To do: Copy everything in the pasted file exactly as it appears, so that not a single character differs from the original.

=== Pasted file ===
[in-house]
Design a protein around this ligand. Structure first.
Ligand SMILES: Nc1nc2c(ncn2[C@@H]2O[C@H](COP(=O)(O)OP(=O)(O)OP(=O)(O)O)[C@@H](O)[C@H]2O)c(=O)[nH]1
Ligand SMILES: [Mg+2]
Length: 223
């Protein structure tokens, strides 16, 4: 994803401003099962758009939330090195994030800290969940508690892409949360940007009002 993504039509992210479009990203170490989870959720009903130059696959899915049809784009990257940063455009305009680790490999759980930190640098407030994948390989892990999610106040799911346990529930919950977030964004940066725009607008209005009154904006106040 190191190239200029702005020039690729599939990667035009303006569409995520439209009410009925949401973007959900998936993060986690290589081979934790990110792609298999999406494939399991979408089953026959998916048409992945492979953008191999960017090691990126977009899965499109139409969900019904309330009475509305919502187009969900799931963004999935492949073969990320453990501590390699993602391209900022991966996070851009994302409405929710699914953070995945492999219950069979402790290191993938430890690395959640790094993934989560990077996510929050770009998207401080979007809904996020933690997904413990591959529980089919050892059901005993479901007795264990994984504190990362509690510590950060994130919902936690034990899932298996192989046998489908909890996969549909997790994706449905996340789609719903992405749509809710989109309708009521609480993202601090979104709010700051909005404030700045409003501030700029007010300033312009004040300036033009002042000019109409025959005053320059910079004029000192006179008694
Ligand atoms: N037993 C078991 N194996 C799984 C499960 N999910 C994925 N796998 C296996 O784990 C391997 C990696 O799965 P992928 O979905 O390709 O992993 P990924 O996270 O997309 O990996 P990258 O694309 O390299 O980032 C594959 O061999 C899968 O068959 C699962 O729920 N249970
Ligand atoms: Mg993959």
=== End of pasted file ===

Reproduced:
[in-house]
Design a protein around this ligand. Structure first.
Ligand SMILES: Nc1nc2c(ncn2[C@@H]2O[C@H](COP(=O)(O)OP(=O)(O)OP(=O)(O)O)[C@@H](O)[C@H]2O)c(=O)[nH]1
Ligand SMILES: [Mg+2]
Length: 223
């Protein structure tokens, strides 16, 4: 994803401003099962758009939330090195994030800290969940508690892409949360940007009002 993504039509992210479009990203170490989870959720009903130059696959899915049809784009990257940063455009305009680790490999759980930190640098407030994948390989892990999610106040799911346990529930919950977030964004940066725009607008209005009154904006106040 190191190239200029702005020039690729599939990667035009303006569409995520439209009410009925949401973007959900998936993060986690290589081979934790990110792609298999999406494939399991979408089953026959998916048409992945492979953008191999960017090691990126977009899965499109139409969900019904309330009475509305919502187009969900799931963004999935492949073969990320453990501590390699993602391209900022991966996070851009994302409405929710699914953070995945492999219950069979402790290191993938430890690395959640790094993934989560990077996510929050770009998207401080979007809904996020933690997904413990591959529980089919050892059901005993479901007795264990994984504190990362509690510590950060994130919902936690034990899932298996192989046998489908909890996969549909997790994706449905996340789609719903992405749509809710989109309708009521609480993202601090979104709010700051909005404030700045409003501030700029007010300033312009004040300036033009002042000019109409025959005053320059910079004029000192006179008694
Ligand atoms: N037993 C078991 N194996 C799984 C499960 N999910 C994925 N796998 C296996 O784990 C391997 C990696 O799965 P992928 O979905 O390709 O992993 P990924 O996270 O997309 O990996 P990258 O694309 O390299 O980032 C594959 O061999 C899968 O068959 C699962 O729920 N249970
Ligand atoms: Mg993959």